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Helping Employees During Back to School Time

For most, back-to-school looks different again this year as the COVID-19 pandemic continues to impact the usual operations for schools and various workplaces. 
Mother teaching daughter at home

Many students finished the 2020-21 school year in a hybrid fashion, spending some days (or, in some cases, half-days) in the classroom — while others continued learning completely remotely. At the same time, many of their parents or caretakers either went back to work full-time, started working in a hybrid fashion, or continued working remotely (some, permanently).  

As the 2021-22 school year begins, many working parents are still left grappling with the uncertainty of what the school year might bring with concerns related to COVID-19 variants. Will their kids be able to return to a physical school building full-time? And if so, will it continue for the full school year? Will they be able complete full workdays without sacrificing their child's education, job performance, and mental health? 

To help working parents continue maintaining a balance between their personal and professional obligations during these unpredictable times, employers may wish to provide flexible work arrangements that work for everyone. 

Challenges families face as schools reopen 

Parents may be considering the potential risks of kids returning to a physical school building.  Alternatively, those whose children are not returning to the classroom on a full-time basis, or who will continue learning remotely, may be concerned about how at-home learning may impact their work schedule. Working parents of school-age children are contending with a number of possible scenarios that include: 

  • Some schools will fully reopen, while others will continue to offer remote learning options. 
  • Some schools may provide students with a hybrid learning model, where students are on site some school days, and are at home for the remainder. For working parents, this can make it difficult to balance home and work life, especially on days when their children are learning at home or do not have a structured school program.   
  • If students go to school in-person and there is a reported case of COVID-19, depending on school guidelines (which often follow existing federal, state and local guidelines), staff and students may be required to quarantine and remain out of school for designated periods of time. In such a case, parents may need to be home or find childcare for this period of time. 
  • If students will be doing any form of remote learning and the parent is working from home, the parent may have to balance childcare with their job responsibilities during work hours. 

What can employers do to help working parents as kids return to school? 

If you have employees who are struggling with balancing childcare and work, it's important to have an honest and direct communication so that together you can better understand the employee's work limitations, identify whether a reasonable accommodation for their situation is available, and explore any additional options that may be available.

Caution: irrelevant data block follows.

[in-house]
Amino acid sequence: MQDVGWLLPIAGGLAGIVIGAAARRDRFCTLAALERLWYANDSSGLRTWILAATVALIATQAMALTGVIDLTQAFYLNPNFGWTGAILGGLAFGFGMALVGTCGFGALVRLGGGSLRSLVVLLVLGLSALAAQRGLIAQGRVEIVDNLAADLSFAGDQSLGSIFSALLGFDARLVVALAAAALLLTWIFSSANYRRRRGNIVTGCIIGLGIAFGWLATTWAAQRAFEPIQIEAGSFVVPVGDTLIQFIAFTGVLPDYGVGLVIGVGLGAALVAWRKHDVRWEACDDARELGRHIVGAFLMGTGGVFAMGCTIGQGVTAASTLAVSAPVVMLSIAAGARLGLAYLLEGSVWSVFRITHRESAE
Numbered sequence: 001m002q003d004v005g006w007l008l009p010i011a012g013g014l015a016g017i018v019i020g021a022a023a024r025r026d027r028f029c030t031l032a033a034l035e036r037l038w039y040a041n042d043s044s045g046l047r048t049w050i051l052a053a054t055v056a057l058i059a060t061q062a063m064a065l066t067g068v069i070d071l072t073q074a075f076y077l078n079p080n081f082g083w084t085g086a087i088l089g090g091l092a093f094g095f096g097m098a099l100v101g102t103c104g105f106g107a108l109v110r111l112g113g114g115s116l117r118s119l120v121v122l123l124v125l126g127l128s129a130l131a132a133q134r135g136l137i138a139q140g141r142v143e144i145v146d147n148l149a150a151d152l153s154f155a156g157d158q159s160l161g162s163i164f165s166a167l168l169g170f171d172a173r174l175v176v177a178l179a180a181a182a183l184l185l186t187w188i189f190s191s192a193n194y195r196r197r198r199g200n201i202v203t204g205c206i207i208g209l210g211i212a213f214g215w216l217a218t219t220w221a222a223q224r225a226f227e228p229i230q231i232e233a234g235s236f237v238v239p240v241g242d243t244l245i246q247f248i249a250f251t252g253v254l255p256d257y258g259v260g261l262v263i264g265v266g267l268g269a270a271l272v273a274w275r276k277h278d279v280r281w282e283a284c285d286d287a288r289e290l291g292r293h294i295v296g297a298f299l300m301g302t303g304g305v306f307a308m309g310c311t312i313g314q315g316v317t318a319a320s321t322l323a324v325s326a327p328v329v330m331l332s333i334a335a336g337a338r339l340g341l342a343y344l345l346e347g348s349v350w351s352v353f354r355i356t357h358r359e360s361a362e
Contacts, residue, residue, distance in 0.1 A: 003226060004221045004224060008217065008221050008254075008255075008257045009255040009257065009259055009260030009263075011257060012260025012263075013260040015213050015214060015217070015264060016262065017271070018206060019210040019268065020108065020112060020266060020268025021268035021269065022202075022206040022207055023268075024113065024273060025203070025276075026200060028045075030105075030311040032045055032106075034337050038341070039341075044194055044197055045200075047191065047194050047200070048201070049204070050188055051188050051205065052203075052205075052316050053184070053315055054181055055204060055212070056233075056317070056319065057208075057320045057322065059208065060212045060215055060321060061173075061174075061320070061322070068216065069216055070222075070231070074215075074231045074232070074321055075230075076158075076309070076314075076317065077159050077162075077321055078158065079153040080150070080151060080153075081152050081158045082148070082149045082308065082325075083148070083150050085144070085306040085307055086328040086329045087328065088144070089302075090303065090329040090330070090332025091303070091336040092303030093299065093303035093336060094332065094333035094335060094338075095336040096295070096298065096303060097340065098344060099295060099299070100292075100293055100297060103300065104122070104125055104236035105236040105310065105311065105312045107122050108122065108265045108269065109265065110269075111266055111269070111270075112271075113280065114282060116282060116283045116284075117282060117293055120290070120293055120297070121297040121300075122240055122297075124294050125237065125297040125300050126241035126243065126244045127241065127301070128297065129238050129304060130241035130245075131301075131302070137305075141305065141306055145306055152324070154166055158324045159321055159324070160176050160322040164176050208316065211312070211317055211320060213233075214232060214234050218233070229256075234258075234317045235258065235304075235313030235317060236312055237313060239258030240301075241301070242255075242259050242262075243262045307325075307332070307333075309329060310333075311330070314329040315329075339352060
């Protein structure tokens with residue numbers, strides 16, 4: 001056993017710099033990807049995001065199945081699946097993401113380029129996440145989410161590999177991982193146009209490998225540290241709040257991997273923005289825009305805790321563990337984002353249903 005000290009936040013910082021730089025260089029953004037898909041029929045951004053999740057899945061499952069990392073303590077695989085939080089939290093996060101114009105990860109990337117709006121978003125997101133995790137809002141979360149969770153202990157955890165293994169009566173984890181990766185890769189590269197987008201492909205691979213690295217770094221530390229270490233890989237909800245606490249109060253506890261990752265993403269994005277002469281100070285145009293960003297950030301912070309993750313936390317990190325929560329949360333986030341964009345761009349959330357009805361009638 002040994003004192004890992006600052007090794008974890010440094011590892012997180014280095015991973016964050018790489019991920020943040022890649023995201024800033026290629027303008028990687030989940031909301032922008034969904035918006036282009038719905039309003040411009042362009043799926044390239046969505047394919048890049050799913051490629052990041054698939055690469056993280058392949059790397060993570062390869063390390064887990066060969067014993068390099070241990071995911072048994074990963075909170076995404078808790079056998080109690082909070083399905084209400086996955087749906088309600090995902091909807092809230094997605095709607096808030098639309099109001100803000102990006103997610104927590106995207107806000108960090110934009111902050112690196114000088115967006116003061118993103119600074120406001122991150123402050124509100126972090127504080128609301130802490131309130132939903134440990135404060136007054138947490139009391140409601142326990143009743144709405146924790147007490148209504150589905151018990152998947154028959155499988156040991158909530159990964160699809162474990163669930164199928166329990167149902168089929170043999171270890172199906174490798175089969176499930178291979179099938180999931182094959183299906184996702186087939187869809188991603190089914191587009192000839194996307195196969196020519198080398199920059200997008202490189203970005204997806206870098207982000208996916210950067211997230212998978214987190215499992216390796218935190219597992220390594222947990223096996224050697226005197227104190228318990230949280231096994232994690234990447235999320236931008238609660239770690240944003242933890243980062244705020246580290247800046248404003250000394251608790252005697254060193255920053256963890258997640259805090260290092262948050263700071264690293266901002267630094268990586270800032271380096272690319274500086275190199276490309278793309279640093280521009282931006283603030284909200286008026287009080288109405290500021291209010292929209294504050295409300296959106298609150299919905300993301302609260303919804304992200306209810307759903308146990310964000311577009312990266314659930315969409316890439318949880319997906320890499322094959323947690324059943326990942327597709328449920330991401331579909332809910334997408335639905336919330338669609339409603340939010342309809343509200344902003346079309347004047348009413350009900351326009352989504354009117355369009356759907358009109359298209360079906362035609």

Create a plan  

Part of having direct communication with an employee includes setting aside any preconceived notions of what is and is not reasonable, or what an employee can or cannot do, and approach this process from the perspective of what you can do to help this person remain a productive worker. Documentation is also key when an employee requests time off due to a childcare reason. Engage with employees to try to understand why they are unable to work or telework, explore possible options, and evaluate eligibility for leave. More specifically, work through the following steps: 

  1. Determine the essential functions of the position and how they have been modified for COVID-19. 
  2. Communicate with the employee to learn more about their limitations and how to overcome them. While employers are permitted to ask some questions, you must make sure not to dive too deep into the employee’s personal life in a way that goes beyond what is allowed by law. You should not make assumptions and must accept answers given by employees at face value. However, employers can ask that employees certify the answers given so that you have the necessary documentation to support leave requests. 
  3. Identify potential accommodations if and where possible: 
    • Be flexible with a date for returning to the office (if applicable). 
    • Consider full-time or partial telework if the position allows for it. 
    • Consider implementing flexible hours or staggered weekly schedule. 
  4. Understand the employee's preference. 
  5. Document the process and accommodations being offered. 

Understand employee leave eligibility 

Employers should be aware that throughout the COVID-19 pandemic, there have been a number of laws and regulations enacted related to paid and unpaid leave. Be sure to review your workplace policies regarding availability of any paid or unpaid leave time, and consider any applicable state or local laws for providing paid or unpaid leave. To review your state’s paid leave directives, visit our COVID-19 State Resource map.